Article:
In an era when the health of people and our planet demands immediate attention, the EduPlant School Gardening and Nutrition Programme offers a fresh perspective on education that intertwines learning with sustainability. After 29 years (est. 1994) and the creation of thousands of school food gardens across the country, the EduPlant Programme, in partnership with Tiger Brands, has transformed the way we educate our future generations and nurtured a deep-rooted commitment to environmental stewardship.

EduPlant focuses on schools, learners, and their surrounding communities. It develops school-linked food security clusters in under-resourced communities and townships.

The programme utilises permaculture at its core but does far more than grow food and improve nutrition. It promotes sustainable practices, environmental ethics, and whole systems thinking. It creates strong social and food security community networks.

EduPlant School gardens have gained prominence in addressing the urgent need for increased food security, environmental protection, the potential for secure livelihoods and the promotion of healthy diets.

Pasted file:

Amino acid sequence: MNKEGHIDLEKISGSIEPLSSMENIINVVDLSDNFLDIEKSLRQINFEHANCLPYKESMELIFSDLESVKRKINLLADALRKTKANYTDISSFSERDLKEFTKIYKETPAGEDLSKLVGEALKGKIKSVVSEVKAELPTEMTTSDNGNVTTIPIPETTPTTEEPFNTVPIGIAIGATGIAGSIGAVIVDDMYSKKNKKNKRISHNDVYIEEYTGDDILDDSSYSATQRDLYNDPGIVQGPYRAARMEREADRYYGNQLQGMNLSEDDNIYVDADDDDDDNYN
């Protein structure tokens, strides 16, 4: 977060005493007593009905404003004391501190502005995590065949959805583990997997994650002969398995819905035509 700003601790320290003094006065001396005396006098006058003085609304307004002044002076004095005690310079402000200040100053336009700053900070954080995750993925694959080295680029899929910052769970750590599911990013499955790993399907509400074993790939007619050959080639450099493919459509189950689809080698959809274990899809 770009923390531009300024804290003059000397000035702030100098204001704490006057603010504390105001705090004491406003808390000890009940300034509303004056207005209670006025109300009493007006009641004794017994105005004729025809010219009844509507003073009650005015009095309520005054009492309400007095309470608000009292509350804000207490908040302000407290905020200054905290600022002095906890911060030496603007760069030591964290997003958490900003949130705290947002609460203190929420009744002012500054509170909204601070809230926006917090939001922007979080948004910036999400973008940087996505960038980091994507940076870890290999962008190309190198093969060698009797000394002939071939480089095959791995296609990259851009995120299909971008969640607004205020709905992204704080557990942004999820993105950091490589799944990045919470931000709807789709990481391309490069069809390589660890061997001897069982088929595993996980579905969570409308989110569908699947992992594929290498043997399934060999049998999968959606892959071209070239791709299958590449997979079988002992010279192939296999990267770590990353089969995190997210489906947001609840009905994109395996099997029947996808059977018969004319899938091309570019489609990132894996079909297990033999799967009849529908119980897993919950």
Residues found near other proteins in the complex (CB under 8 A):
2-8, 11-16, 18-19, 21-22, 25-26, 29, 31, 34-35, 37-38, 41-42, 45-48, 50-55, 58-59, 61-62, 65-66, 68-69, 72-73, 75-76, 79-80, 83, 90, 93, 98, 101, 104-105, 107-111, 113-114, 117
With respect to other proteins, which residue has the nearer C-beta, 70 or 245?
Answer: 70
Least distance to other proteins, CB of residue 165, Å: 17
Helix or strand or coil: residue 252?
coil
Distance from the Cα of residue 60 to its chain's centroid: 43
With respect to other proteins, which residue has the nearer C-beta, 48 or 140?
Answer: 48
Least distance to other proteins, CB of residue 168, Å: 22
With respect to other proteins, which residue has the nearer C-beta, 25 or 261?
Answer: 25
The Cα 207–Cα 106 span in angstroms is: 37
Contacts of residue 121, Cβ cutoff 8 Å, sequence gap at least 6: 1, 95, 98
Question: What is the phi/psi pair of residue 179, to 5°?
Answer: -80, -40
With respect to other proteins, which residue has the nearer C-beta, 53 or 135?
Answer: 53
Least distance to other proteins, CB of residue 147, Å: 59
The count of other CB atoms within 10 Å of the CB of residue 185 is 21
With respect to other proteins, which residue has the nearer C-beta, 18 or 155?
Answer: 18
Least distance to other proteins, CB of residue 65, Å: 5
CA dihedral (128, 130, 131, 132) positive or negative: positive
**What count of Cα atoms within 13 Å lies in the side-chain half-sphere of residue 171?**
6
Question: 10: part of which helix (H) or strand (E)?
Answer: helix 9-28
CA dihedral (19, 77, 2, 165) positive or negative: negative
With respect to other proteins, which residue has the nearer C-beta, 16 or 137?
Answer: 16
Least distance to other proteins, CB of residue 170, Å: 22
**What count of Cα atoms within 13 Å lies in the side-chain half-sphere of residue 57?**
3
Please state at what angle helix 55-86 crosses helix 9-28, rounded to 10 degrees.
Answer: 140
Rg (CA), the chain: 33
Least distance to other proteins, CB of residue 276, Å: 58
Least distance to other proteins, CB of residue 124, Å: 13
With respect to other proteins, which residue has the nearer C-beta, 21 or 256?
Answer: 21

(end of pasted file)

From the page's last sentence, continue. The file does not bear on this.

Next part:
The EduPlant programme is cross curricular, which ensures that multiple benefits accrue to the teachers, communities and learners. The structured programme is aligned with the CAPS curriculum making it easier for schools to instil valuable skills, knowledge, attitudes and values on earth care, access to healthy, fresh nutritious fruit and vegetables and lifestyle choices. The learners are provided with opportunities to explore career pathing in the agricultural industry. LSEN schools have also benefitted from the programme and have learners pursuing vocational training in agriculture. The programme has been endorsed by the South African Council of Educators for 15 Continuous Professional, Training and Development (CPTD) points. EduPlant has contributed significantly to the upskilling of teachers.

EduPlant has built human capacity. We have witnessed EduPlant’s impact extends beyond the learners and school. External monitoring and evaluation found that over 60% of learners and community members involved in the workshops replicate the activities learned in the household. This often means that it is the learners who take control of their food sovereignty and encourage their parents to start growing their own food.